Risks of Body Piercing

There are many risks of body piercing. Here are a few red flags to help educate individuals regarding some of the more common dangers of body piercing and how they can be avoided.

Before anything else, make sure you understand what body piercing is, what the dangers of body piercing gone bad are and what the future repercussions of having a body piercing might be. While body piercing has been going on since the beginning of time, today it represents a fad, and fads fade fast.

Warnings Issued by Body Piercing Specialists
Body piercings are personal preferences, just as hairstyle and fashion are personal. In the bigger scheme of things, however, the most a bad hairstyle or horrendous clothing selection will incur is a shake of the head or a frown from passers by. Do hairstylists or clothing designers issue warning signs along with their products? If they do, it's a rarity. But the fact that body-piercing specialists do issue warnings with their products should be your first red flag. You need to be aware. There are many dangers associated with body piercing. It's no joke-the dangers of body piercing are real.

The dangers of body piercing range from mild to serious, with some complications even ending in death. In 2006 a 17-year-old girl died from complications incurred when she had her breast pierced in a private parlor. According to the investigation, the piercing parlor did conform to industry standards. After investigation, Dr. Jim Hutchinson, an expert in microbiology at Memorial University's Faculty of Medicine, concluded that death due to a dangerous body piercing infection was a rare occurrence. However, he noted, as with anything else, there are no guarantees.

Another real danger of body piercings is that many children get body piercings without their parents' consent. If the piercing is in a "private" location on their body, Mom and Dad need never be aware, or so the child thinks. What does a child do when the piercing becomes infected? If she's afraid to show Mom or scared of what Dad will say, she might never mention it. She might erroneously think she can handle the infection on her own. Unfortunately, she may be wrong.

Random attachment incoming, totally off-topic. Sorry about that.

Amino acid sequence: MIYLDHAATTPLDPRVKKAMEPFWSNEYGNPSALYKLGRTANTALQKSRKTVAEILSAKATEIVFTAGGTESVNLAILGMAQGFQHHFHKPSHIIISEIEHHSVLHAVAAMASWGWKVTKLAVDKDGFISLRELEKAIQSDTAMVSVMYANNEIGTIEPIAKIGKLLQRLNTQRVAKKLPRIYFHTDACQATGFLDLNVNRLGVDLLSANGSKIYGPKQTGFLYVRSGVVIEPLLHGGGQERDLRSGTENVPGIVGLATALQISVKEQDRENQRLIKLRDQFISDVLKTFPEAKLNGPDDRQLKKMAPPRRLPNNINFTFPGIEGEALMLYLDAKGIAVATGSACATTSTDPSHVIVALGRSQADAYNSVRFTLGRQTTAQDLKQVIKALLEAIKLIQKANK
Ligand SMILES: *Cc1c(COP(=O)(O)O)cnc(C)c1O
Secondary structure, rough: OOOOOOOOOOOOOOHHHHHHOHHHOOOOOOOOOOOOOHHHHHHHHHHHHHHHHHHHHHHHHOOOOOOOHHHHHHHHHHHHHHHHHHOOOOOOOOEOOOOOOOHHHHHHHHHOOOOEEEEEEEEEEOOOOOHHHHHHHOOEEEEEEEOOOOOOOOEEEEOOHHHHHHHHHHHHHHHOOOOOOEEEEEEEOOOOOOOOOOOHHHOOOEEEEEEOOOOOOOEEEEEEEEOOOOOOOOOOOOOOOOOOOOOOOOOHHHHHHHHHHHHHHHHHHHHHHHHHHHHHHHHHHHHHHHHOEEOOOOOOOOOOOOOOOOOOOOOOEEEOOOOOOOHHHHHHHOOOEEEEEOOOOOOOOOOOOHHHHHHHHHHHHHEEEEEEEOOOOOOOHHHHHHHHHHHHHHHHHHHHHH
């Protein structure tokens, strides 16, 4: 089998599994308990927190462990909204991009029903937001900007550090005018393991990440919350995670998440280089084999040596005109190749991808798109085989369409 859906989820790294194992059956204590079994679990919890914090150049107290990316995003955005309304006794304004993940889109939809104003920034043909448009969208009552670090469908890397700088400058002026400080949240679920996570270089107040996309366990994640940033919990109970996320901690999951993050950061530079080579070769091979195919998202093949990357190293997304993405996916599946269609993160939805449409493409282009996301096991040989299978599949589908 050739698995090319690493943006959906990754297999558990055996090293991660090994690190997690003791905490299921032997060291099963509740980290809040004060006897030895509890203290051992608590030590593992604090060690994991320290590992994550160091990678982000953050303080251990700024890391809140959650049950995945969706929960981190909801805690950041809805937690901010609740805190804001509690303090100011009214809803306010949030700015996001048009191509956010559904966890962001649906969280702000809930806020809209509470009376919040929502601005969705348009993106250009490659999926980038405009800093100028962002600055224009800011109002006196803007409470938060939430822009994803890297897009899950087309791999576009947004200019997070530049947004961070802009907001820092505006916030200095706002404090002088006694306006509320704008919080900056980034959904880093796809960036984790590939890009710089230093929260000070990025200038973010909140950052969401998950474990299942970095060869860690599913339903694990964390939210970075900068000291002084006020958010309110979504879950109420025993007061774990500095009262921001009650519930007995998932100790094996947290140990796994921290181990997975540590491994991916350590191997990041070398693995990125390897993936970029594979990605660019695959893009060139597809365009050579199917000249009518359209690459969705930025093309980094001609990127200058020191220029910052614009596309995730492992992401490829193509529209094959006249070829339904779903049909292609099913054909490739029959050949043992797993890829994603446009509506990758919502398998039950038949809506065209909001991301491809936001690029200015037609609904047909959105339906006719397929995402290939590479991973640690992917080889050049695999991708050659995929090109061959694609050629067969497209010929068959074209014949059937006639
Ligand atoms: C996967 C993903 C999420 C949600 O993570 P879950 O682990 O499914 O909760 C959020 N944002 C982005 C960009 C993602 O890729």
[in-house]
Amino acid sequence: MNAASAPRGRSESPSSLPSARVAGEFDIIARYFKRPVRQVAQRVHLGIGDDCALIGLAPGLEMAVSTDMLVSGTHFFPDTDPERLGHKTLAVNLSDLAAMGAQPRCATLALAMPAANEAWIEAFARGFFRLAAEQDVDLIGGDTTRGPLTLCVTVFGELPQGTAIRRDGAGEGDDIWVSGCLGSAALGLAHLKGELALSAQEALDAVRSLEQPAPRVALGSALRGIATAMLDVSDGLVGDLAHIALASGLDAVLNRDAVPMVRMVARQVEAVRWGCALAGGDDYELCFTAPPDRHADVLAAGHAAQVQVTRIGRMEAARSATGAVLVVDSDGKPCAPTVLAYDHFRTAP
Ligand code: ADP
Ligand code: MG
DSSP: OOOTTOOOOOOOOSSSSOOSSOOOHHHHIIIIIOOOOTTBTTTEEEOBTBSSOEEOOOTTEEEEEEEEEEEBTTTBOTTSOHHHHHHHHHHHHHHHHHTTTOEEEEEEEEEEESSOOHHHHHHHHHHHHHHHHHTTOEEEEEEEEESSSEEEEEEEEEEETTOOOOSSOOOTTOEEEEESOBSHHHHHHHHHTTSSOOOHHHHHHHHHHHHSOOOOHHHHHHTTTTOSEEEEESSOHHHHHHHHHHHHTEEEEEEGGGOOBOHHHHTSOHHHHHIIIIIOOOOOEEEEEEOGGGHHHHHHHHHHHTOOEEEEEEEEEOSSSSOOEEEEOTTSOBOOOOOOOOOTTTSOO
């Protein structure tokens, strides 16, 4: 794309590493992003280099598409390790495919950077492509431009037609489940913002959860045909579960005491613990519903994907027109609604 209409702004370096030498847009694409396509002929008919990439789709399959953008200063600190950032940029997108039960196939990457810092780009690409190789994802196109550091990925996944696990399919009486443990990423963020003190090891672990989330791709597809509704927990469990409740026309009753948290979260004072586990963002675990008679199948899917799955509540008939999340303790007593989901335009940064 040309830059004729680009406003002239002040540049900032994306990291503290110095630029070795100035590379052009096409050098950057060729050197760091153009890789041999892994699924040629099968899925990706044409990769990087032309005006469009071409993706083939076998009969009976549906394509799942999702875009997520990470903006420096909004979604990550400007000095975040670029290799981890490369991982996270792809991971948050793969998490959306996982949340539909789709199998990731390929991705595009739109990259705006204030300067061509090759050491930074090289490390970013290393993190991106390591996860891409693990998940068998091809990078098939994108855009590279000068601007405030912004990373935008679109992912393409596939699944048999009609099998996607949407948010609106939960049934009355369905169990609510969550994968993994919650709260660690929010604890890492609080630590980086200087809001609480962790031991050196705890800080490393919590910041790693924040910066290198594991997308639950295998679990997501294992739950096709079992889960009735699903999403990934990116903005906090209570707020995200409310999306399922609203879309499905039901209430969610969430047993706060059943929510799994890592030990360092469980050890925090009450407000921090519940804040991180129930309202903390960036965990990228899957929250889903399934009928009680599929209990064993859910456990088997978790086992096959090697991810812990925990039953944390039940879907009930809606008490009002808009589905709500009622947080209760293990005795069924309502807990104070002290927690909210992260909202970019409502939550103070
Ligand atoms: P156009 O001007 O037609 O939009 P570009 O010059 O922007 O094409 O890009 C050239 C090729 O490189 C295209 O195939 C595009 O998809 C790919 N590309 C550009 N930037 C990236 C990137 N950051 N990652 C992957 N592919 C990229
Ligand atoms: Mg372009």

No Regulations Are Enforced for Body Piercings
At last check, no government standards for body piercing had been either outlined or enforced. Private or public body-piercing parlors follow their own code of ethics. How do you know the setting you choose will be one where a conscientious body-piercing specialist has taken up residence? Perhaps the owner is conscientious but the workers are not, or vice-versa. Perhaps they reuse needles and don't sterilize equipment.

Are you willing to risk your life just so you can boast about a belly piercing or so your teen can get his or her eyebrow pierced? In this case the risk far outweighs the benefit. If you're concerned about the safety of your child, look into the dangers of body piercings and simply don't allow your child to get a body piercing. Parent by example. At the very least, wait until there are government standards that all piercing parlors must follow. For information regarding which states allow or do not allow body piercings and tattoos on minors, check the National Conference of State Legislatures.